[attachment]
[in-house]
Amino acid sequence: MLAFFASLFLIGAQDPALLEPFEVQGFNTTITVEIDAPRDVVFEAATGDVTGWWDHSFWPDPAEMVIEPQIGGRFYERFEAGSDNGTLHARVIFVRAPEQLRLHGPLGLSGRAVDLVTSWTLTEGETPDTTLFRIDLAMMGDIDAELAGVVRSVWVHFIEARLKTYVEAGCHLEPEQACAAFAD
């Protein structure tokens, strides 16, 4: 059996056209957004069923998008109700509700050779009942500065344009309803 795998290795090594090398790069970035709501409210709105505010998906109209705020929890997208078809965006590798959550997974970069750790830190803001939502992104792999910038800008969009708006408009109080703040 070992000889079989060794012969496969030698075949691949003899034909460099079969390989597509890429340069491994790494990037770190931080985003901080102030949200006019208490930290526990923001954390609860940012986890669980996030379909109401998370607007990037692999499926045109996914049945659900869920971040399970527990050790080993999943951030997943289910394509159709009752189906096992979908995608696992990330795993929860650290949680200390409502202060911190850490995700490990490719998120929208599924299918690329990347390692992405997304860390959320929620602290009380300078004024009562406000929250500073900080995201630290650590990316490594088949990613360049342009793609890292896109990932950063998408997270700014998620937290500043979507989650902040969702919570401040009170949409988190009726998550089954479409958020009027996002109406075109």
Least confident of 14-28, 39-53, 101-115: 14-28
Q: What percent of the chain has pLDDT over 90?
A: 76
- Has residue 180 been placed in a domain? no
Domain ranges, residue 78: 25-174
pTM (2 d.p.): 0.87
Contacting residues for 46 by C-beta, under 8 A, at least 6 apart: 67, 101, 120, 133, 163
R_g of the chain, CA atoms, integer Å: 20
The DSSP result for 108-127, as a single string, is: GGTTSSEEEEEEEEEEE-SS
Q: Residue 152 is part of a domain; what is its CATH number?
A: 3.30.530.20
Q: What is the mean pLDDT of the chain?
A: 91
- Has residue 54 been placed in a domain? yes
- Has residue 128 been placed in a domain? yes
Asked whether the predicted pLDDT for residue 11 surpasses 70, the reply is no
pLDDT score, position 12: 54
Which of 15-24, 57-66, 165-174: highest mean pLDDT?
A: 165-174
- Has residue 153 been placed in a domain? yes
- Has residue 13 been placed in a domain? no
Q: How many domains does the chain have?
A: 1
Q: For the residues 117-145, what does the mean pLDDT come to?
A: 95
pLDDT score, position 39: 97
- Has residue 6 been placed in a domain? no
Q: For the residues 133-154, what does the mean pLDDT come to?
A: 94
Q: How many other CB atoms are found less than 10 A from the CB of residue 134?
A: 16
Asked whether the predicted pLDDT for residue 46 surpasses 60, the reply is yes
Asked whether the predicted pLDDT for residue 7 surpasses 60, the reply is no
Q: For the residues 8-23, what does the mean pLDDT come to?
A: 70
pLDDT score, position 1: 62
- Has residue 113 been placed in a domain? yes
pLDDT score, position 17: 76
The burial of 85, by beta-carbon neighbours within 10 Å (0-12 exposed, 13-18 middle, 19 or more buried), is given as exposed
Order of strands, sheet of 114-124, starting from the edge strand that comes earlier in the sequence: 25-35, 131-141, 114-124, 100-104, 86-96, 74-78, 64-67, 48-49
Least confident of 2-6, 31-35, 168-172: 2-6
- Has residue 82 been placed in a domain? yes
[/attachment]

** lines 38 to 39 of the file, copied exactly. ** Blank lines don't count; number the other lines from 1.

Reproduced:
A: 70
pLDDT score, position 1: 62